Showing posts from November, 2011

Search AD and Add Employee ID–PowerShell Script

10 reasons why you should learn to use PowerShell

PowerShell is a powerful scripting tool that can greatly expedite your admin tasks. If you haven’t had a chance to learn how to use it, you might want to make time for it now. Here are some reasons why the effort will pay off.
1: It’s not going away any time soonMicrosoft has made it clear that Power Shell is here to stay. In fact, PowerShell version 2 is not only included in Windows Server 2008 R2 and in Windows 7, it is enabled by default. Part of the reason why Microsoft has done this is that going forward, many add-on products will be based on PowerShell.2: Most Microsoft products will eventually use itVirtually all of the server products Microsoft is producing right now can be managed through PowerShell. From an administrative standpoint, this means that if you become proficient in PowerShell, you will have the skill set necessary for managing most of Microsoft’s newer products. The basic built-in PowerShell commands are used in every product that supports PowerShell. …

Searching Active Directory with Windows PowerShell

How to: Refer to Cells and ranges

Power Shell Script Repository

How to reset Internet Protocol (TCP/IP)

Use a manual method to reset TCP/IP:The reset command is available in the IP context of the NetShell utility. Follow these steps to use the reset command to reset TCP/IP manually: To open a command prompt, click Start and then click Run. Copy and paste (or type) the following command in the Open box and then press ENTER: cmd At the command prompt, copy and paste (or type) the following command and then press ENTER: netsh int ip reset c:\resetlog.txt Note If you do not want to specify a directory path for the log file, use the following command: netsh int ip reset resetlog.txt Reboot the computer.When you run the reset command, it rewrites two registry keys that are used by TCP/IP. This has the same result as removing and reinstalling the protocol. The reset command rewrites the following two registry keys:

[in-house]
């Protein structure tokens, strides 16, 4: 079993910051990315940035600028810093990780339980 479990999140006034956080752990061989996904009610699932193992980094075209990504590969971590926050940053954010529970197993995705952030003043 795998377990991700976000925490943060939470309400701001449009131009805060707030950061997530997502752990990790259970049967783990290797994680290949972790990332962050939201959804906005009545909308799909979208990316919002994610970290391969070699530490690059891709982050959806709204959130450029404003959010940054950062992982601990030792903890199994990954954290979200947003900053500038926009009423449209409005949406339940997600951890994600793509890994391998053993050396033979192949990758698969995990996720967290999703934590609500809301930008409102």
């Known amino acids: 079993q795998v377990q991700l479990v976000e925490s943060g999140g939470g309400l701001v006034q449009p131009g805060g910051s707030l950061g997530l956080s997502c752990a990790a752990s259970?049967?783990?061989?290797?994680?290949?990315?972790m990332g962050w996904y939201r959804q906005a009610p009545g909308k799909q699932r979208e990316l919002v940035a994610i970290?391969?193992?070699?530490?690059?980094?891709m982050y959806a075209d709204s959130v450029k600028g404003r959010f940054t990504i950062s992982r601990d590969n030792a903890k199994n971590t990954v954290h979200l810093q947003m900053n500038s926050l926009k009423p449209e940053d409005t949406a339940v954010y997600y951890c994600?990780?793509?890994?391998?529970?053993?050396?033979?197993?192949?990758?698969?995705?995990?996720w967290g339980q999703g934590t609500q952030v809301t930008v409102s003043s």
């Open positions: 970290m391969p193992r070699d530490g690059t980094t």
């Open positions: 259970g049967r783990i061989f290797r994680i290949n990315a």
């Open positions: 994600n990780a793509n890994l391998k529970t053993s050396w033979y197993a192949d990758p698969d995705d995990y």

To run the manual command successfully, you must specify a file name f…

Configuring RAID Arrays on HP Servers

Method 1:Using the ORCA menu-driven interface

1. Power up the server.
POST runs.
If the BIOS interface is in Command Line mode, change it to Auto mode:
a. Press the F9 key to open RBSU when prompted during POST.
b. Set the BIOS interface mode to Auto. Enter the following text:
"set config bios interface mode 1"
RBSU saves the configuration automatically.
c. Exit RBSU. Enter exit.

The server reboots, and then POST runs again.
During POST, all controllers in the server are initialized one at a time in the current boot order
sequence. If a controller is connected to one or more hard drives, a message appears during the
initialization process for that controller, prompting you to start ORCA.
2. At the ORCA prompt for the controller that you want to configure, press the F8 key.
The ORCA main menu appears, enabling you to do the following:
o Create, view, or delete a logical drive
o Enter an SAAP license key